In one exemplary embodiment, a SiN dielectric liner 318 may be formed using the process parameters listed in Table 9. Other powers, temperatures, pressures, thicknesses and/or flow rates may be used.

TABLE 9
SiN DIELECTRIC LINER PROCESS PARAMETERS
PROCESS PARAMETER BROAD RANGE NARROW RANGE
SiH4 Flow Rate (sccm) 0.1-2.0 0.4-0.7
NH3 Flow Rate (sccm)  2-10 3-5
N2 Flow Rate (sccm) 0.3-4   1.2-1.8
Temperature ( C.) 300-500 350-450
Low Frequency Bias (kW) 0-1 0.4-0.6
High Frequency Bias (kW) 0-1 0.4-0.6
Thickness (Angstroms) 200-500 280-330

Liner film thickness scales linearly with time. Preferably after dielectric liner 318 is deposited, the remaining thicker dielectric fill 311′ may be immediately deposited (e.g., in the same tool). Exemplary SiO2 dielectric fill conditions are listed in Table 10. Other powers, temperatures, pressures, thicknesses and/or flow rates may be used.

TABLE 10
EXEMPLARY Si02 DIELECTRIC
FILL PROCESS PARAMETERS
PROCESS PARAMETER BROAD RANGE NARROW RANGE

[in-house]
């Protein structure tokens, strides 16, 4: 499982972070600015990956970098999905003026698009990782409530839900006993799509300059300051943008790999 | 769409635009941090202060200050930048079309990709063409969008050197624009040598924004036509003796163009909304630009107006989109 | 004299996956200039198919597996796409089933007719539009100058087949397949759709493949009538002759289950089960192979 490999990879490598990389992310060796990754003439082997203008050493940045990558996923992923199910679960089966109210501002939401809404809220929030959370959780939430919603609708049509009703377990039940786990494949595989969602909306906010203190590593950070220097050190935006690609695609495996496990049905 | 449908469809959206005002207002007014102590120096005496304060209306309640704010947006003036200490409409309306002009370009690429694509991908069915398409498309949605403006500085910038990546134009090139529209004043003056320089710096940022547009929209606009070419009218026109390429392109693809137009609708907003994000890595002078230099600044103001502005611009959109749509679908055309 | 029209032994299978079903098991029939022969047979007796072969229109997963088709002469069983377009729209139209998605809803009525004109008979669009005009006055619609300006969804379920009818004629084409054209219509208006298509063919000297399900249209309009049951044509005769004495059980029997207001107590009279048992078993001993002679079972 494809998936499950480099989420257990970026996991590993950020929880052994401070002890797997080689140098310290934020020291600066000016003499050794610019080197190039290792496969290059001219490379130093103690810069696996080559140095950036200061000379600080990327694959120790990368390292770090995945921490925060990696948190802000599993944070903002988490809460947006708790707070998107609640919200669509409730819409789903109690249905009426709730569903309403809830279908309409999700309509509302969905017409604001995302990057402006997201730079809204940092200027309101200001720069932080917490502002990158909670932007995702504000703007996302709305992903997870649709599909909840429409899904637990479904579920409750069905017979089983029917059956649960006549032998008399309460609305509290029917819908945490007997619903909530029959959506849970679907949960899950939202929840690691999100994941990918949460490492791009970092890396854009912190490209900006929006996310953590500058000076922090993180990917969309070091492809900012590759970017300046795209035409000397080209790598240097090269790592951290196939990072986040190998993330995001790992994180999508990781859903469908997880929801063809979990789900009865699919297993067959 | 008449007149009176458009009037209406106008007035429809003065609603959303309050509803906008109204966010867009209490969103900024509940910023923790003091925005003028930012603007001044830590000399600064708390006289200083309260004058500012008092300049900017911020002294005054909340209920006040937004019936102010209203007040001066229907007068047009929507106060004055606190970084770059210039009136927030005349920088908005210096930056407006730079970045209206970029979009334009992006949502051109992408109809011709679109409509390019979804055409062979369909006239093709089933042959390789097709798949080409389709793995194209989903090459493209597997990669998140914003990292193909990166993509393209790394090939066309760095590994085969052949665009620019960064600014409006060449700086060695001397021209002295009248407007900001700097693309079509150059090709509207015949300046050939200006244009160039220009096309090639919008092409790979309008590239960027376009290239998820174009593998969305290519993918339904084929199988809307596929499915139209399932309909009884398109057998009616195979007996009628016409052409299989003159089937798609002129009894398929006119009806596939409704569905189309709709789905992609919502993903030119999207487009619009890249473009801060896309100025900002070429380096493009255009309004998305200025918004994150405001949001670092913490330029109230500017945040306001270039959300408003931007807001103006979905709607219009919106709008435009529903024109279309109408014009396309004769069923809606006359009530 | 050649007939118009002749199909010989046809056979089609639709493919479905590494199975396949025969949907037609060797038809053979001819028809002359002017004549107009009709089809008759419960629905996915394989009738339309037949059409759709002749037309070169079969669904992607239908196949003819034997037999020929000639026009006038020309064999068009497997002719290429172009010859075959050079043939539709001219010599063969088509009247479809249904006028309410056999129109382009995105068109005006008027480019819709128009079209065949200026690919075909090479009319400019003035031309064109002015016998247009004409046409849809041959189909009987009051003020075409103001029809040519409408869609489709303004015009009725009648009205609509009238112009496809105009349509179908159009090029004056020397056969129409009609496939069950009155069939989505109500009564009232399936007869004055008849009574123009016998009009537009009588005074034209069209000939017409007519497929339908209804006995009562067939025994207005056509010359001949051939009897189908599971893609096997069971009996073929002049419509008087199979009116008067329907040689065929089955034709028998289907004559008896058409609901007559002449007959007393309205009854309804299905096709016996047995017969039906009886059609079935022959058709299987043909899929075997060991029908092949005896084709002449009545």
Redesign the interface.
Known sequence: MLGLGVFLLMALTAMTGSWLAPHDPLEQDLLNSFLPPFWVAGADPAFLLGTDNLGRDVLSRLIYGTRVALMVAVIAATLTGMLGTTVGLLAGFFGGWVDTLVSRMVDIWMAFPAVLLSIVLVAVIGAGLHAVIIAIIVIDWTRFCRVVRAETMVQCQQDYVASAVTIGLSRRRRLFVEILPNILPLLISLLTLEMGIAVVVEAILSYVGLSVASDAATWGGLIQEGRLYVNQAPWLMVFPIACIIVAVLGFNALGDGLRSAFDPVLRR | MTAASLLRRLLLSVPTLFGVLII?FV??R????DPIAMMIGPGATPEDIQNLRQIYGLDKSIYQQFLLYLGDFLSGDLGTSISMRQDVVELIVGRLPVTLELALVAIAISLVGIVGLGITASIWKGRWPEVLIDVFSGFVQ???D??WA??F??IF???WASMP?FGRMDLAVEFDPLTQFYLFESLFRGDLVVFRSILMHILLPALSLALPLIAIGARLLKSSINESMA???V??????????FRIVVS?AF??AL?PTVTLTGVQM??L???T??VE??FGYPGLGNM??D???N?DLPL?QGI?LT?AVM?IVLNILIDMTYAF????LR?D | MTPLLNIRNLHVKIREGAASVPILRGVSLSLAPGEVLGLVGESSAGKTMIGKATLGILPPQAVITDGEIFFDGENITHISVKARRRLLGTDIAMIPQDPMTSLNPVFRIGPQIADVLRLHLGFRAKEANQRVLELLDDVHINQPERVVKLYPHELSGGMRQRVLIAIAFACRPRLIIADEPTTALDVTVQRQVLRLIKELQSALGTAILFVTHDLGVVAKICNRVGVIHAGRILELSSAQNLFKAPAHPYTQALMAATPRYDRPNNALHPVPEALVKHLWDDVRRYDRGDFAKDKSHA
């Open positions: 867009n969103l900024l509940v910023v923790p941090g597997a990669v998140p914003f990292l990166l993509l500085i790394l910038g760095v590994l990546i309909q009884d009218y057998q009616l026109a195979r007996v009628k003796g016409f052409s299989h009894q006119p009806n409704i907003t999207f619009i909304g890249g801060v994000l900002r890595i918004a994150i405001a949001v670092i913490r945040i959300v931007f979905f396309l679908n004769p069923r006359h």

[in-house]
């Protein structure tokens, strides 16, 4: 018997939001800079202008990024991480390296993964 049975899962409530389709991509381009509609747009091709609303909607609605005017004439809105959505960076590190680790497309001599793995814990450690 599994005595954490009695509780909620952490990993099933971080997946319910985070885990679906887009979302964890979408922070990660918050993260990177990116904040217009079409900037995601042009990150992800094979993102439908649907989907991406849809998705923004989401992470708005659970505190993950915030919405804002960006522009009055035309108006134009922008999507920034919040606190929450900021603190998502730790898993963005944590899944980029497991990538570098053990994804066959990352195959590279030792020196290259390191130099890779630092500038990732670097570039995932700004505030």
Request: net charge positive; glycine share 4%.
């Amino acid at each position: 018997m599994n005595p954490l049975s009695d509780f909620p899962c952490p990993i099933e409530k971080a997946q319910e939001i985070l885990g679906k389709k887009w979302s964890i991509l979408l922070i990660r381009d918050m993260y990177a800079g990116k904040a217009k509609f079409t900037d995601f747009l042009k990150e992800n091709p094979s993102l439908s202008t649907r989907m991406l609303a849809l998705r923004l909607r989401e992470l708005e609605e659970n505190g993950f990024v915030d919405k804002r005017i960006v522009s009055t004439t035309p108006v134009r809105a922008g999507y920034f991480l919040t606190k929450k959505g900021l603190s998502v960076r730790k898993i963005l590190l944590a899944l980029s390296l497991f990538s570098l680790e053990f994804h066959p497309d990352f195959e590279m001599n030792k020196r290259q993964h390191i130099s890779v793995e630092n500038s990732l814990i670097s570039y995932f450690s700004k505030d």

SiH4 Flow Rate (sccm) 0.1-2.0 0.2-0.4
N2O Flow Rate (sccm)  5-15  9-10
N2 Flow Rate (sccm) 0-5 1-2
Temperature ( C.) 300-500 350-450
Low Frequency Bias (kW) 0 0
High Frequency Bias (kW) 0.5-1.8   1-1.2
Thickness (Angstroms)  50-5000 2000-3000

Gap fill film thickness scales linearly with time. The SiO2 dielectric fill 311′ can be any thickness, and standard SiO2 PECVD methods may be used.

Using an exemplary thinner SiN liner 318 preferably gives a continuous film and adequate protection to the oxygen plasma from a PECVD SiO2 deposition without the stress associated with thicker SiN films. Additionally, standard oxide chemistry and slurry advantageously may be used to chemically mechanically polish away a thin SiN liner 318 before forming conductor 312, without having to change to a SiN specific CMP slurry and pad part way through the polish.